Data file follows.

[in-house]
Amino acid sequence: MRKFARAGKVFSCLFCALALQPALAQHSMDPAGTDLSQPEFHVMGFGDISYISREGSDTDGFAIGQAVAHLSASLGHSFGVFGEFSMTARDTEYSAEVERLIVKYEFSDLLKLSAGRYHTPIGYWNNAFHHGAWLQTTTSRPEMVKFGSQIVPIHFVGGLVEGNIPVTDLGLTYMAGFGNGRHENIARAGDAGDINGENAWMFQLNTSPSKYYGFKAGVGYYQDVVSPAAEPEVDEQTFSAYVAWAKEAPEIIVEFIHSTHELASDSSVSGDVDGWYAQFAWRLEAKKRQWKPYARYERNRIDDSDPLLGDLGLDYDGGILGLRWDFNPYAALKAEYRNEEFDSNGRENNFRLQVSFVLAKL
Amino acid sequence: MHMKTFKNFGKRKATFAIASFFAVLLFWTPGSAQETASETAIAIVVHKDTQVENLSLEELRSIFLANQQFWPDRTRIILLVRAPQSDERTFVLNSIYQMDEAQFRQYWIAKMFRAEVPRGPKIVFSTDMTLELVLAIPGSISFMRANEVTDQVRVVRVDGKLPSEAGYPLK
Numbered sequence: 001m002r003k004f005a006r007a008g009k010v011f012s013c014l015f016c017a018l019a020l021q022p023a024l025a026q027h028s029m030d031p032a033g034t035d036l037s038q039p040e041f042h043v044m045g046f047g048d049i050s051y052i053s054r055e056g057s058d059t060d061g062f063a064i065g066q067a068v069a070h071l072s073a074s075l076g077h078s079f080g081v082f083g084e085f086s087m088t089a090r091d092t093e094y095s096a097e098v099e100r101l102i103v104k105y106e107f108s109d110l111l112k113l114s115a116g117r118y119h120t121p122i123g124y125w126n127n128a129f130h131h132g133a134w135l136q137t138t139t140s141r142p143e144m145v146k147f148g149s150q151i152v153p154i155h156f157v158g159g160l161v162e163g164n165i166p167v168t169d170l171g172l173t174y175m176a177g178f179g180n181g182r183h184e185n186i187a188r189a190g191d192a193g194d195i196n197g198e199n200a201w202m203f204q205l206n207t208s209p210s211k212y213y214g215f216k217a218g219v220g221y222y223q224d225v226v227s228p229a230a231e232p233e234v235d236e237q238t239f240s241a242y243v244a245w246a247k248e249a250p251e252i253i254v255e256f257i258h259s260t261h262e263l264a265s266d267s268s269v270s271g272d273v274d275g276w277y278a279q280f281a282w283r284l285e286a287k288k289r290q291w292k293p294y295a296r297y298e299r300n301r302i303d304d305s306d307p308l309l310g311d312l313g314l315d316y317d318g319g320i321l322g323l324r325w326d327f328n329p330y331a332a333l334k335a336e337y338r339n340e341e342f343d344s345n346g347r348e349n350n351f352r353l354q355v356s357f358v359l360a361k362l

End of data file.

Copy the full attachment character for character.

[in-house]
Amino acid sequence: MRKFARAGKVFSCLFCALALQPALAQHSMDPAGTDLSQPEFHVMGFGDISYISREGSDTDGFAIGQAVAHLSASLGHSFGVFGEFSMTARDTEYSAEVERLIVKYEFSDLLKLSAGRYHTPIGYWNNAFHHGAWLQTTTSRPEMVKFGSQIVPIHFVGGLVEGNIPVTDLGLTYMAGFGNGRHENIARAGDAGDINGENAWMFQLNTSPSKYYGFKAGVGYYQDVVSPAAEPEVDEQTFSAYVAWAKEAPEIIVEFIHSTHELASDSSVSGDVDGWYAQFAWRLEAKKRQWKPYARYERNRIDDSDPLLGDLGLDYDGGILGLRWDFNPYAALKAEYRNEEFDSNGRENNFRLQVSFVLAKL
Amino acid sequence: MHMKTFKNFGKRKATFAIASFFAVLLFWTPGSAQETASETAIAIVVHKDTQVENLSLEELRSIFLANQQFWPDRTRIILLVRAPQSDERTFVLNSIYQMDEAQFRQYWIAKMFRAEVPRGPKIVFSTDMTLELVLAIPGSISFMRANEVTDQVRVVRVDGKLPSEAGYPLK
Numbered sequence: 001m002r003k004f005a006r007a008g009k010v011f012s013c014l015f016c017a018l019a020l021q022p023a024l025a026q027h028s029m030d031p032a033g034t035d036l037s038q039p040e041f042h043v044m045g046f047g048d049i050s051y052i053s054r055e056g057s058d059t060d061g062f063a064i065g066q067a068v069a070h071l072s073a074s075l076g077h078s079f080g081v082f083g084e085f086s087m088t089a090r091d092t093e094y095s096a097e098v099e100r101l102i103v104k105y106e107f108s109d110l111l112k113l114s115a116g117r118y119h120t121p122i123g124y125w126n127n128a129f130h131h132g133a134w135l136q137t138t139t140s141r142p143e144m145v146k147f148g149s150q151i152v153p154i155h156f157v158g159g160l161v162e163g164n165i166p167v168t169d170l171g172l173t174y175m176a177g178f179g180n181g182r183h184e185n186i187a188r189a190g191d192a193g194d195i196n197g198e199n200a201w202m203f204q205l206n207t208s209p210s211k212y213y214g215f216k217a218g219v220g221y222y223q224d225v226v227s228p229a230a231e232p233e234v235d236e237q238t239f240s241a242y243v244a245w246a247k248e249a250p251e252i253i254v255e256f257i258h259s260t261h262e263l264a265s266d267s268s269v270s271g272d273v274d275g276w277y278a279q280f281a282w283r284l285e286a287k288k289r290q291w292k293p294y295a296r297y298e299r300n301r302i303d304d305s306d307p308l309l310g311d312l313g314l315d316y317d318g319g320i321l322g323l324r325w326d327f328n329p330y331a332a333l334k335a336e337y338r339n340e341e342f343d344s345n346g347r348e349n350n351f352r353l354q355v356s357f358v359l360a361k362l